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Eur J Emerg Med. 2007 Jun;14(3):157-9.

Paediatric analgesia in the emergency department, are we getting it right?

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Accident and Emergency, Ninewells Hospital, Dundee, Scotland, UK.



To measure the dose discrepancy in prescribing simple paediatric analgesia, in the emergency department, by comparing age and actual weight-based dosing. To establish the accuracy of the weight-estimation formula for children [weight kg=2 (age years+4)].


A prospective survey conducted in the emergency departments of a UK teaching hospital and district general hospital. Two hundred and forty-seven children were prescribed simple analgesia in the form of paracetamol and ibuprofen or both. The dose prescribed was based on age. All children were weighed and a maximum dose based on the child's weight was calculated. The individual child's weight was also compared with the weight calculated using the estimation formula.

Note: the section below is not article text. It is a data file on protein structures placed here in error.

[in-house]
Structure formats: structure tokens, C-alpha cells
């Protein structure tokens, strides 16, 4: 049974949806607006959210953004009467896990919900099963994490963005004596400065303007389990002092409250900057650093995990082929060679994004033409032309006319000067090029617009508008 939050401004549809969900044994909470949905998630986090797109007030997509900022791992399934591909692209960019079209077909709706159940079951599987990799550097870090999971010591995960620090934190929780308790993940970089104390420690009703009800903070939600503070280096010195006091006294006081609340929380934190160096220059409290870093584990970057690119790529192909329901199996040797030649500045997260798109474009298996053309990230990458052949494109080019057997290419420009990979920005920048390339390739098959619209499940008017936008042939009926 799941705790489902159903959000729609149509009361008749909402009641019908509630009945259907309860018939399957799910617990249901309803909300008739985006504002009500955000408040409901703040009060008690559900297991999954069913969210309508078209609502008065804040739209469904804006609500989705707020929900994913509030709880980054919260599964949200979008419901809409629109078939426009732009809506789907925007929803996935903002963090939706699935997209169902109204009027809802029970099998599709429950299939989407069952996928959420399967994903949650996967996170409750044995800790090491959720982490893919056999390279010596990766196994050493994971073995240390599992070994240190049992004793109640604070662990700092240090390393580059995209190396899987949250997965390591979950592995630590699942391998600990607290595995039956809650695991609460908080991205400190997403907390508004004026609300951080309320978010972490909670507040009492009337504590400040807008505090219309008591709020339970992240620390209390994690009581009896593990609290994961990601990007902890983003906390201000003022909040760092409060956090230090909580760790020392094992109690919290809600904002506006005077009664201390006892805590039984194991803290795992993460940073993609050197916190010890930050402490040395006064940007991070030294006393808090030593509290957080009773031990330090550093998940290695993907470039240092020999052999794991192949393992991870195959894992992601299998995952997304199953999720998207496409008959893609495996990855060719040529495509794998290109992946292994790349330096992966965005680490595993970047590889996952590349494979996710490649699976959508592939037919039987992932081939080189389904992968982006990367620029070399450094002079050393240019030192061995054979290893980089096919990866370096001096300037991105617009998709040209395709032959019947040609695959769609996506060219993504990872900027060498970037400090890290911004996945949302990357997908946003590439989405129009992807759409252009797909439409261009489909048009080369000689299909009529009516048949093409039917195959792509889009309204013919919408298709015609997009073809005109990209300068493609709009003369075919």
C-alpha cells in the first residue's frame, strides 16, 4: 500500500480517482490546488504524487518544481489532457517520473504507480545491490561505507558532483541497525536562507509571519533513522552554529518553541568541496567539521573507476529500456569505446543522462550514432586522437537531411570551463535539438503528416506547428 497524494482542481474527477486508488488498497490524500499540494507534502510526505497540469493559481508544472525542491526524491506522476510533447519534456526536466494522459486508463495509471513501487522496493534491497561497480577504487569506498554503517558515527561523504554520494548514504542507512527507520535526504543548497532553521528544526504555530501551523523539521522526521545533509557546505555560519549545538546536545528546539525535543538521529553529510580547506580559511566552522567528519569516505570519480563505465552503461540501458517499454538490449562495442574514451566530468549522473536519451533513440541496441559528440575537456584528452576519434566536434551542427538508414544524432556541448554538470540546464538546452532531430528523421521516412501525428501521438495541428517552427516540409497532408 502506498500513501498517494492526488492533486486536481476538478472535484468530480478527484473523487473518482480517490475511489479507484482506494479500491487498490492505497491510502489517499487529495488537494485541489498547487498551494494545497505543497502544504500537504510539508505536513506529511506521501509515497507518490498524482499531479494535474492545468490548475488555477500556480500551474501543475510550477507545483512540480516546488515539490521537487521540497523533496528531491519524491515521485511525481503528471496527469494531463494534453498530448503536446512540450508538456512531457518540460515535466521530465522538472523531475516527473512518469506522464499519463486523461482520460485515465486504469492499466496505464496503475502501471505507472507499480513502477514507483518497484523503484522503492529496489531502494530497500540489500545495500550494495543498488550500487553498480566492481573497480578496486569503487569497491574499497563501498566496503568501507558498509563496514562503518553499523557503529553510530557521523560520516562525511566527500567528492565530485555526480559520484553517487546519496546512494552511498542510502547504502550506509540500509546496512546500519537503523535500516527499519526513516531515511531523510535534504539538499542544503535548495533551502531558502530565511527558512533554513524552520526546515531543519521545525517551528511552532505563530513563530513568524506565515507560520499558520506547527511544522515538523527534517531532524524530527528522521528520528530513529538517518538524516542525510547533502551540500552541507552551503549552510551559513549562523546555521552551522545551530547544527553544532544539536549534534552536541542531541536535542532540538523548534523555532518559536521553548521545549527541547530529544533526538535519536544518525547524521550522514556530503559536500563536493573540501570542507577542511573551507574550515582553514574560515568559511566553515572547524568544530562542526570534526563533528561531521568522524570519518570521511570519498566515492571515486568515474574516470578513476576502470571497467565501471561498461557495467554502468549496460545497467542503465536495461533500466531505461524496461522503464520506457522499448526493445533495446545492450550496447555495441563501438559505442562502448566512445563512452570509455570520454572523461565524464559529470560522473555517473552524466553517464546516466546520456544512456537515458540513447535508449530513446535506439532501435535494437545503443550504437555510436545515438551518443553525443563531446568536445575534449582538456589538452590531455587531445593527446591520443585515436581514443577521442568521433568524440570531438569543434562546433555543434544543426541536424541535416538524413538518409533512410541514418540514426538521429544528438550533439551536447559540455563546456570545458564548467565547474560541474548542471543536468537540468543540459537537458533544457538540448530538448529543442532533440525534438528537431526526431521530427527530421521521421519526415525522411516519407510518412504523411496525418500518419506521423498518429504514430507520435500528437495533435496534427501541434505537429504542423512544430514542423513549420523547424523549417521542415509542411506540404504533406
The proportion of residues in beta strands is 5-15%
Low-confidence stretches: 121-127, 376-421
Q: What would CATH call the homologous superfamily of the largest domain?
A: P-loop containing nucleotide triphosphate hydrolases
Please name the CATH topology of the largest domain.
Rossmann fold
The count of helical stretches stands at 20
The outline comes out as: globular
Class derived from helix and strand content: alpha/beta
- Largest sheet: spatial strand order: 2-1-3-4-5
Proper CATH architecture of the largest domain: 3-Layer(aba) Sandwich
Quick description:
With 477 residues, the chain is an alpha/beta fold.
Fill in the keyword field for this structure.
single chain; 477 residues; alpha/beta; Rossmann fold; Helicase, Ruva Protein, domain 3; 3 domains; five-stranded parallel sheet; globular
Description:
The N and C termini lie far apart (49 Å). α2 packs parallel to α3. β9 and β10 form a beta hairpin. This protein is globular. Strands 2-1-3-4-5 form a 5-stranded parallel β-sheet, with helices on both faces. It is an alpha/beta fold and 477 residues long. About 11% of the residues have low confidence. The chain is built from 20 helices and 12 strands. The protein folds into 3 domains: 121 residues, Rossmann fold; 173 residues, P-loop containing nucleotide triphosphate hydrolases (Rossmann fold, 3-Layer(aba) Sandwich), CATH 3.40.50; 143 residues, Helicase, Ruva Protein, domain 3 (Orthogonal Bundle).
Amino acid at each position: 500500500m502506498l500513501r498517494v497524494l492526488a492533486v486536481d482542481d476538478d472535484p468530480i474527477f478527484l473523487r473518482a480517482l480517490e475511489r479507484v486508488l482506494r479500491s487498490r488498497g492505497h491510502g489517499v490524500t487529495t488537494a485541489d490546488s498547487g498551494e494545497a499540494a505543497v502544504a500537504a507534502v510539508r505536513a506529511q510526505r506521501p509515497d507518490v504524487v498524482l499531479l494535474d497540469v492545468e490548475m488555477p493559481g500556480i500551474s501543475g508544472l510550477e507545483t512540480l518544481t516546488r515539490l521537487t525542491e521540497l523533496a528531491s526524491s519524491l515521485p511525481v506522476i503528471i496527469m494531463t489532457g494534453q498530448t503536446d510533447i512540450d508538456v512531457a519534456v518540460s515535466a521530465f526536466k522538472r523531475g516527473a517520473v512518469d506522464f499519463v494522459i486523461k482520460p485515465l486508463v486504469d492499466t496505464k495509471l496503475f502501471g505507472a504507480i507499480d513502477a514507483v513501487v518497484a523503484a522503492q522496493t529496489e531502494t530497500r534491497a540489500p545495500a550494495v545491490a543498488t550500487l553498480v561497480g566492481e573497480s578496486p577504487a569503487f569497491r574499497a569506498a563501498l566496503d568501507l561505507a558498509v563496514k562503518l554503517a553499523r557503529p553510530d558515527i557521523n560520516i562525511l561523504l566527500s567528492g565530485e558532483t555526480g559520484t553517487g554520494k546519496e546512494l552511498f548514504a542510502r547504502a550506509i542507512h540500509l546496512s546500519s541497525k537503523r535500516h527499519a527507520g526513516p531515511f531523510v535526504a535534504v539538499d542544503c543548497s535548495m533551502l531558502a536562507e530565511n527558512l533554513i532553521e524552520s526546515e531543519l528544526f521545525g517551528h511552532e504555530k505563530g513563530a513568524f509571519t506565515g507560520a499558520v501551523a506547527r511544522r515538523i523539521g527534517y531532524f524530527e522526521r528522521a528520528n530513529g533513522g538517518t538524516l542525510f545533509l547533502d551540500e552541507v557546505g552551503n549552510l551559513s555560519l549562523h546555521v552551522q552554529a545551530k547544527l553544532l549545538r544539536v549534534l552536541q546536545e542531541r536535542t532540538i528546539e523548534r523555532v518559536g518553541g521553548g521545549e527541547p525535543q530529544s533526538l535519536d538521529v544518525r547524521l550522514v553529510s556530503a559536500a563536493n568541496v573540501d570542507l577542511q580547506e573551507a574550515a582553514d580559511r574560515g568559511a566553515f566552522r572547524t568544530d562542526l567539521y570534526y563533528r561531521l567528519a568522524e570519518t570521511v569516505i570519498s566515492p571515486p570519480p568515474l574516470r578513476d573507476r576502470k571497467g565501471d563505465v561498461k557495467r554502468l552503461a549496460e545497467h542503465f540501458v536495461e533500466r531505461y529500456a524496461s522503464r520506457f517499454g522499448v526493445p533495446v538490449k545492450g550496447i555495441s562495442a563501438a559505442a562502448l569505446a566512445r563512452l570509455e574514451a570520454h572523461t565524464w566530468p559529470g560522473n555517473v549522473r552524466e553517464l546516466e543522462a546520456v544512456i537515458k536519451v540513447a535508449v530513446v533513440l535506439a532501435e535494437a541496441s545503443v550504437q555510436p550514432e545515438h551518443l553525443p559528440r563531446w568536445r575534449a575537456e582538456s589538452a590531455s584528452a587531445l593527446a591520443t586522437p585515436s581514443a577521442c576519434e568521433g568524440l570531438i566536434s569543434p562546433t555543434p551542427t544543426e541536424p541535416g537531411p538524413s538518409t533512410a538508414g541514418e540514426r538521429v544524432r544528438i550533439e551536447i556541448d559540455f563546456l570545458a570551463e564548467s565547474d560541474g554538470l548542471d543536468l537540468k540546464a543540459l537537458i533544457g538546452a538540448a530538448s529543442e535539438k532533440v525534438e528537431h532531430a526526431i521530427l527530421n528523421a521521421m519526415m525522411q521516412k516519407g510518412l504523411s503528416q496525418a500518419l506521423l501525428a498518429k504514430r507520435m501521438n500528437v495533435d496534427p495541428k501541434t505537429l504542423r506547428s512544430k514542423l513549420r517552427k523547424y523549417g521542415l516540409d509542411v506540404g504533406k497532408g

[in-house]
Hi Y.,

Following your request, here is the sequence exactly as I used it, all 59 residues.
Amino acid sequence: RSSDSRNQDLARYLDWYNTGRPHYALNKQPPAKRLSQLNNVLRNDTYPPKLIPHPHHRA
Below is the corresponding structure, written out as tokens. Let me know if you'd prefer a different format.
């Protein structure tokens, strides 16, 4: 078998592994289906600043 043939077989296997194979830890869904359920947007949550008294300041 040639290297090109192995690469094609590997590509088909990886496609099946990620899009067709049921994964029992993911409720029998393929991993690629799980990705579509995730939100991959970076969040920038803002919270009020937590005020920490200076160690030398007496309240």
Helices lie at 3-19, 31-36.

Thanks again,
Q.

A total of 247 patients were included. Two hundred and thirty-three patients were prescribed paracetamol. Fifteen patients were prescribed ibuprofen. The paracetamol group was administered a mean dose that was 67% (P<0.001) of the optimal dose that was based on weight. Ibuprofen dosage was 51% (P<0.001) of optimal dose. The weight-estimation formula underestimated weight by 16% (P<0.001).


Prescribing analgesia by age often results in significant underdosing in the paediatric population. Predicting a child's weight using the calculation may result in underdosing.

[Indexed for MEDLINE]

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